Book: The Palace of Illusions Author: Chitra Banerjee Divakaruni Genre: Mythological Fiction
How do you find your next read? Do you also have a list of books for the next read before finishing the current one? For me, I will never be sure to pick the next read and then end up taking the recommendations from fellow bloggers or readers.
The palace of illusion was a recommendation from an avid reader whom I follow on many social media platforms and I am glad that I picked it up.
From the magical birth story of Panchali and his brother to the end of the Third Age of Man, the lead protagonist of this story goes through it all. The novel provides us with a different perspective of old age mythology.
The story is told from Panchali’s perspective. The daughter of King dhrupad, she was a headstrong woman with flaws. The story shows how young Draupadi dreamt about being equal to men in a patriarchal society. As the Mahabharata folklore goes, she was the wife of five husbands who seek to reclaim their birthright.
The humiliation of Draupadi by Kauravas was one of the most heart-wrenching scenes from the book, for me. Everything was a god’s plan and how these characters become the instruments or pawns of this story. The rivalry between Pandavas and Kauravas and the final war in Kurukshetra is considered to be the end of Dvapar yug.
What did I love in this Novel?
No character of this story was perfect and yet beautifully flawed. This exceeded my expectations. To be honest, I picked it up on a recommendation and wasn’t very hopeful. Mythological fiction isn’t the genre that I enjoy reading often however this one changed my perception.
First of all the cover page itself is pretty intriguing and the title grabs the attention instantly. Secondly, the writing is absolutely flawless and the story follows an apt pace. I was hooked to the book and finished it at 4:00 a.m. A must-read if you enjoy reading mythological fiction from a female’s perspective. Tracing a women’s journey to her beloved “Palace of Illusions” and how it all led to one of the greatest wars of mankind.
I was surprised and quite intrigued by the storyline of Karna and Draupadi. The author knows how to play with twists at the right moment. Her writing keeps your interest and doesn’t make you run to grab a dictionary from the shelf.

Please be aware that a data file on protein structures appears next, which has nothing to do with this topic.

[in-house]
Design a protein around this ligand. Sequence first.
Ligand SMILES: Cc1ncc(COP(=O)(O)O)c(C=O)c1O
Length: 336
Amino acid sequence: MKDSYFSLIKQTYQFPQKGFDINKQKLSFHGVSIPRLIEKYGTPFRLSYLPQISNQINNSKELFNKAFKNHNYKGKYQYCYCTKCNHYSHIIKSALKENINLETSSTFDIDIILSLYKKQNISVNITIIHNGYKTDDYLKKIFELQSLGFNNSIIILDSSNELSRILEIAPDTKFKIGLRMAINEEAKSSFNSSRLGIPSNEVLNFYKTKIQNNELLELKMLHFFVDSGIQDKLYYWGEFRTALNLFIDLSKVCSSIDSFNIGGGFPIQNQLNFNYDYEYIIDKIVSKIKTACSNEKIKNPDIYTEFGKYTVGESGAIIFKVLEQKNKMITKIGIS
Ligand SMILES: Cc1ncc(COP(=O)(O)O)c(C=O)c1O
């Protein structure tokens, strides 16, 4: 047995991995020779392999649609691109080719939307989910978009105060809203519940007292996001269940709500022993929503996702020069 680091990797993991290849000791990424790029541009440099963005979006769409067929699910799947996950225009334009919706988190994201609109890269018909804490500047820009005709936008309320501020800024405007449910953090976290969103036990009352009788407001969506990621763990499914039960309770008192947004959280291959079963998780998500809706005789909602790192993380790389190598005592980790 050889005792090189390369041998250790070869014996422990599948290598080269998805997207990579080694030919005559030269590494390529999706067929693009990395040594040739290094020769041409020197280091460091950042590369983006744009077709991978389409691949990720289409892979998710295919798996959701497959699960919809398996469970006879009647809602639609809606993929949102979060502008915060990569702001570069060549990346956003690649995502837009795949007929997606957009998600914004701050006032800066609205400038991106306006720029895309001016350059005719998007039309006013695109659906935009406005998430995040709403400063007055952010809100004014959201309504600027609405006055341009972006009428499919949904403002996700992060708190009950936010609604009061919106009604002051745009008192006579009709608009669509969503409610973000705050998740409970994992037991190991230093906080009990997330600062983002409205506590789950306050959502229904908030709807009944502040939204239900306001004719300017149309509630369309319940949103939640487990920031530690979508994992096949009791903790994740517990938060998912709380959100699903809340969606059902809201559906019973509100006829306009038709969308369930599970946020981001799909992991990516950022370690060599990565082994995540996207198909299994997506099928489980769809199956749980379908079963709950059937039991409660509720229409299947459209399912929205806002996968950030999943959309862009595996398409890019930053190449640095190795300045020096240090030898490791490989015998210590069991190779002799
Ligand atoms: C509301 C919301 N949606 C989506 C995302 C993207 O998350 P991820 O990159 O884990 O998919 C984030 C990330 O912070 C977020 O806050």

What did I not love in this Novel?
As I was about to buy the book from the store a usual conversation started with the friend who was accompanying me. Pardon me for being ignorant of not reading the actual Mahabharata, however, maybe this is why I enjoyed reading this more. While that conversation continued once we met again and I realized, my friend, who actually has read The Mahabharta wasn’t very pleased with this story.
For me, this mythological fiction was one of the best read so far. I am glad this book introduced to me a new genre that I had not read before.
All in all, it was a good read and will definitely be going to be on my read-it-again shelf.
This post is a part of Blogchatter Half Marathon.
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It’s quite a gripping novel.
Though I have not read any of the author’s books you have reviewed here, but still, the review is interestingly honest. Good one surely.
You know what?! It’s one of my absolute favorite books! Mahabharata through the eyes of Draupadi? Who am I kidding? It’s all that I could hope for in a retelling.
I lovveeeee this book! It’s one of my favorites, closely followed by the Forest of Enchantment.
this is one of my favourites and was given to me by my SIL. this was the first book i read of this genre…a different take on a known mythology
I haven’t read the original Mahabharat either but I like the way Divakaruni portrays Draupadi, her life and struggles. It feels very real than all the stuff we have ever read about Draupadi. I love her writing, thanks for your review.